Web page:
FRANKFURT, Germany – Germany's central bank has finally recovered most of the billions in loans that a local subsidiary of Lehman Brothers defaulted on when the U.S. investment bank went bust in 2008.
Lehman's German subsidiary, Lehman Brothers Bankhaus, owed the Bundesbank €8.5 billion ($11.36 billion) when it and its U.S. parent filed for bankruptcy. The subsidiary had been eligible to borrow from the central bank just like other banks by offering collateral, in this case 33 separate securities.
The Bundesbank said Wednesday it has now restructured and sold off the collateral. The proceeds of the sales, along with redemption payments and interest coming in on the securities, have led to a recovery of €7.4 billion. And it expects to regain at least part of the rest, plus interest, from bankruptcy proceedings.
The recovery helped shrink the total amount in default to the Eurosystem — Europe's central bank network under the aegis of the European Central Bank — from €5.6 billion at the end of 2008 to €300 million at the end of last year.
The European Central Bank in Frankfurt, Germany sets monetary policy including interest rates for the 17 countries that belong to the euro — including Germany. However its credit operations, such as the loans to Lehman, are conducted through member countries' national central banks, such as the Bundesbank.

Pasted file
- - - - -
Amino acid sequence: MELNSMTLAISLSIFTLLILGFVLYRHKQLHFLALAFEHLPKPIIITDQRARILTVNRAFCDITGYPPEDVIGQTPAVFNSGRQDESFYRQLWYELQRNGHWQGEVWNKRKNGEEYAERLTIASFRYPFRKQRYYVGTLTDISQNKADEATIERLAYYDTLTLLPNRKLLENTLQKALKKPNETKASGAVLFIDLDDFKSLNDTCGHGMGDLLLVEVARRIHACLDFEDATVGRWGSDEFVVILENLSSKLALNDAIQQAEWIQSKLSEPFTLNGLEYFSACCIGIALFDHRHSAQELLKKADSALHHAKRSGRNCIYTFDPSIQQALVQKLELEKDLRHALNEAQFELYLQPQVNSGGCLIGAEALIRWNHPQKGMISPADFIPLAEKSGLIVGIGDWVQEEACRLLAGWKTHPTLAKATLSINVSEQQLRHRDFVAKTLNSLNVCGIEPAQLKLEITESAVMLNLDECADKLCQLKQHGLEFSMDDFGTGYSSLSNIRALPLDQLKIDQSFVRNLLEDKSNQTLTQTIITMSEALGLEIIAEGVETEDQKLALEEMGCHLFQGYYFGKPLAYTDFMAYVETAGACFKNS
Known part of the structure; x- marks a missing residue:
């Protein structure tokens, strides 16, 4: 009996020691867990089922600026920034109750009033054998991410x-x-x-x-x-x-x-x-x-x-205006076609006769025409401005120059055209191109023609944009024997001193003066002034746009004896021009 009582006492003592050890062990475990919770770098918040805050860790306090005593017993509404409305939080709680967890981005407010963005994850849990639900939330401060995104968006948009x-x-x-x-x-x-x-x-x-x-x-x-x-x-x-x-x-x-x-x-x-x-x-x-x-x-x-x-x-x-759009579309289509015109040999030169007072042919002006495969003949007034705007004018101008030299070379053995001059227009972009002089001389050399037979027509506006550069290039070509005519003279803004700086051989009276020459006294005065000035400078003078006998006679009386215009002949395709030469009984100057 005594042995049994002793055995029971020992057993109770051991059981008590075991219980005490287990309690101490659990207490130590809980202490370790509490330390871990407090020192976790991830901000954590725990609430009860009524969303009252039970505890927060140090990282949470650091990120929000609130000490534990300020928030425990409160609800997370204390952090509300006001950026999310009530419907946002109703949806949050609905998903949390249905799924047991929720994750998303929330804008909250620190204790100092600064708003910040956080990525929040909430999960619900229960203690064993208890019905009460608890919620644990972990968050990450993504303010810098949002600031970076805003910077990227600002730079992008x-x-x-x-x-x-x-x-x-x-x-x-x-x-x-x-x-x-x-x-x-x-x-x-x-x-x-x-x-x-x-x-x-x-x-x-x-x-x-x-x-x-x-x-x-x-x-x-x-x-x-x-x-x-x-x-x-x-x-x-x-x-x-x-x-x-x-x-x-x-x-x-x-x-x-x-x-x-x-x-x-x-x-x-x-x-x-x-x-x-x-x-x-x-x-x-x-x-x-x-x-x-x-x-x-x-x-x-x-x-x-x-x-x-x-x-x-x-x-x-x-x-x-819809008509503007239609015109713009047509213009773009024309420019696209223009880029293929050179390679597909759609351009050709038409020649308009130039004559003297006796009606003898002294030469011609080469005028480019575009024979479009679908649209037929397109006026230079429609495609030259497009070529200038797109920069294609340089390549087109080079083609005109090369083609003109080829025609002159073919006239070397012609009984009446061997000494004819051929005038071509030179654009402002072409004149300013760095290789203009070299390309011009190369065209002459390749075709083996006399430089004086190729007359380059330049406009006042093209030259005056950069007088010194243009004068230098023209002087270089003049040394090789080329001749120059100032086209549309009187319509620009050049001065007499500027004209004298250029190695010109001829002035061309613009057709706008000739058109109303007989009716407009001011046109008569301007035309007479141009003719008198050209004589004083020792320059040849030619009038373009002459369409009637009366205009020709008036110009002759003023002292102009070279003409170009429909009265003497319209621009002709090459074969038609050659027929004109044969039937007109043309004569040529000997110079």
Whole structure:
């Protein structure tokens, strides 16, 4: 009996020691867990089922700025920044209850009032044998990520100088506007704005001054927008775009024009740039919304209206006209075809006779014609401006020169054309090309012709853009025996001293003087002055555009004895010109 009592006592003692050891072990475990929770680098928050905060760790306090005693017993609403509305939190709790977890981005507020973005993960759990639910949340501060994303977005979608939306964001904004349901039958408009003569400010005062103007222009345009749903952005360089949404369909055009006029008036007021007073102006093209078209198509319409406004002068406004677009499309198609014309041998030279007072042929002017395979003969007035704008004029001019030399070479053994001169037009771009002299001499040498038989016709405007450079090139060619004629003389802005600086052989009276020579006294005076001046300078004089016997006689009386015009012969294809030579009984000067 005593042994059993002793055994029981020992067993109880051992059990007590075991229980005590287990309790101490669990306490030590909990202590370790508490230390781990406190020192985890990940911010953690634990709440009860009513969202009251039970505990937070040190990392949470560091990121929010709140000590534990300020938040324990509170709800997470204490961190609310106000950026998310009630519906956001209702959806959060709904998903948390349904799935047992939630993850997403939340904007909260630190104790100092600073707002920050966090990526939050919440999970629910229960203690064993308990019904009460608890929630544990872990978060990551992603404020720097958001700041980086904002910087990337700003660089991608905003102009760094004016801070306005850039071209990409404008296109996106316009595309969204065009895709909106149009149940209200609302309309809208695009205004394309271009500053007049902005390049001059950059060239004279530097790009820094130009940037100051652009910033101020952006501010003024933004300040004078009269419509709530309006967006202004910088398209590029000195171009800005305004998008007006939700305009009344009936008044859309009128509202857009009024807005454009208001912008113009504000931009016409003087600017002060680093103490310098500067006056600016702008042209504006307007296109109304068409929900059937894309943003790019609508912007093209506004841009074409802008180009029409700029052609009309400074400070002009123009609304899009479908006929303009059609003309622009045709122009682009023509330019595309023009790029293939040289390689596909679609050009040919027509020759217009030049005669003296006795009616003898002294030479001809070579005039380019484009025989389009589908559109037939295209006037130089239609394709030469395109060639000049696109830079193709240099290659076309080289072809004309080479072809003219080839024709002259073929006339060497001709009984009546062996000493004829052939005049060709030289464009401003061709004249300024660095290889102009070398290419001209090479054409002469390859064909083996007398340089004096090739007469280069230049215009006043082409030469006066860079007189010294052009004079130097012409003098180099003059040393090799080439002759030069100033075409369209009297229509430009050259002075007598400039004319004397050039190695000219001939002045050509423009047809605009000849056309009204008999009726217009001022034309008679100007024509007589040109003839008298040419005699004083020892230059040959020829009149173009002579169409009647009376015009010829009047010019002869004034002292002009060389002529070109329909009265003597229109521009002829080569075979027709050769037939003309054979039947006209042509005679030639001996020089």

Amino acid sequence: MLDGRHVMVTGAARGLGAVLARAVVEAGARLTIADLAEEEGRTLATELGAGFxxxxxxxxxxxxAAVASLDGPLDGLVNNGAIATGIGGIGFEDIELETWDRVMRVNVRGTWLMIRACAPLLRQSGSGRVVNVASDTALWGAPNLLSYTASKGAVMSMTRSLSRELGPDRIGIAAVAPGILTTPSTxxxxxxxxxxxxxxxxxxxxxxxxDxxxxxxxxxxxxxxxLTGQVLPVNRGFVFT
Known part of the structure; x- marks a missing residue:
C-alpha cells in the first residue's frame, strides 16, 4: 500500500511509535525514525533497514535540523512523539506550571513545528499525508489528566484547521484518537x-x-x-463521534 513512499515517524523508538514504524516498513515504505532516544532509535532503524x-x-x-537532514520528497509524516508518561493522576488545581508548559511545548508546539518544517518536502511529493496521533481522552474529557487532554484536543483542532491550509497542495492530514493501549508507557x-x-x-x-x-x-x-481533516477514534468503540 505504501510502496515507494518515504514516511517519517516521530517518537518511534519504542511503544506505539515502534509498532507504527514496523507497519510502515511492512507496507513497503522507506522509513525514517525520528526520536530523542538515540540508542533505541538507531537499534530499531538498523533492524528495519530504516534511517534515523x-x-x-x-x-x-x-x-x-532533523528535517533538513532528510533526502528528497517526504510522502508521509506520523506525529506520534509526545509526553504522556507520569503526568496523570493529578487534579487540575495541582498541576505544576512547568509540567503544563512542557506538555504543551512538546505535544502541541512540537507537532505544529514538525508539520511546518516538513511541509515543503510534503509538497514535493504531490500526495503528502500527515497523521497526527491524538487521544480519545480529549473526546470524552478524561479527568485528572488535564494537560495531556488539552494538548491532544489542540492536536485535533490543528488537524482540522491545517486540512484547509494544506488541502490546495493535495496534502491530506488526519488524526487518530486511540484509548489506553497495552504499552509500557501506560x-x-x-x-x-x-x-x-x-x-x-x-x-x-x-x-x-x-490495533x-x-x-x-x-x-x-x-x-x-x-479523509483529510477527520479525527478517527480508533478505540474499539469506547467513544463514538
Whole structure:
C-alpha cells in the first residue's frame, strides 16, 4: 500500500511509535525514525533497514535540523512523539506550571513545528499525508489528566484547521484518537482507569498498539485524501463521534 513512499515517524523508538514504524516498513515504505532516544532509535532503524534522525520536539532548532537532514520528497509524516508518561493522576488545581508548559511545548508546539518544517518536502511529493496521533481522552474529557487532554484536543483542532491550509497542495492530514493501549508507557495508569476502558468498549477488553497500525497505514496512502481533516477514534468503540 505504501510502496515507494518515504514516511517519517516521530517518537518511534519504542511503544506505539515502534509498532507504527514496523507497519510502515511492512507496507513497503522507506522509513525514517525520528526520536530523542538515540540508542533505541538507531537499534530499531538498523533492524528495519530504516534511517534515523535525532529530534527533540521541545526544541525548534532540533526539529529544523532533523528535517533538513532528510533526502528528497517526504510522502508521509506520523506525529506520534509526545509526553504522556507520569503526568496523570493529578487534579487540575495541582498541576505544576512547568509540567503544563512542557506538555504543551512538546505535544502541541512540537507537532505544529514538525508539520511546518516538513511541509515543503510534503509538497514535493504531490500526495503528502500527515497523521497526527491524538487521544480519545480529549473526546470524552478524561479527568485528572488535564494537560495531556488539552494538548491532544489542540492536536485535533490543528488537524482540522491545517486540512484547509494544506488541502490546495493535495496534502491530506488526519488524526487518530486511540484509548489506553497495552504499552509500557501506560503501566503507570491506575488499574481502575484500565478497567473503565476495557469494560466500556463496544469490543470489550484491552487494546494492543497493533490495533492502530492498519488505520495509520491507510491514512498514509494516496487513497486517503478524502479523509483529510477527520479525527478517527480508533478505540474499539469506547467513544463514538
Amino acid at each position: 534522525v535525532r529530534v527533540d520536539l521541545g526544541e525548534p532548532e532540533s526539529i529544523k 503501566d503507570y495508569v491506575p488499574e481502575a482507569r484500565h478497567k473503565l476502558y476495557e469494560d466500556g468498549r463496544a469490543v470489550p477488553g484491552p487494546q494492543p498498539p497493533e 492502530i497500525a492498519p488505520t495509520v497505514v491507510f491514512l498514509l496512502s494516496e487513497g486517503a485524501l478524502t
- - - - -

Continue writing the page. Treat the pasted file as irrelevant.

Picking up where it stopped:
Earlier this year, the Bundesbank said it sold the largest item in Lehman's collateral portfolio — real estate loans bundled together as securities and dubbed Excalibur — to private equity firm Lone Star for €1.4 billion. Excalibur had a face value of €2.16 billion.
Lehman Brothers Bankhaus was the chief way in which the Lehman group tapped central bank funding in Europe. Its U.S. parent, Lehman Brothers Holding Inc. filed for bankruptcy on Sept. 15, 2008. The failure worsened the global financial turmoil at the time and helped cause a global recession. The Bundesbank says it is still owed €3.5 billion by Lehman Brothers Holdings Inc. but expects further payments from bankruptcy proceedings.
The Bundesbank pointed out that it did not purchase the securities through its own investment decision but accepted them under the collateral rules in effect at the time.
Many complex investments backed by real estate loans became illiquid in the panicky days after the Lehman failure, meaning they lacked buyers and it was hard to tell what they were worth. However if the loans backing them are repaid they can keep at least some of their value.
The Eurosystem has tightened its risk control measures as a consequence of the Lehman failure, the Bundesbank statement said. The ECB has said that it manages risk of default by making sure the amount of a loan is less than the face value of the securities it accepts, giving it a margin of safety against the chance that the collateral will fall in value after a default.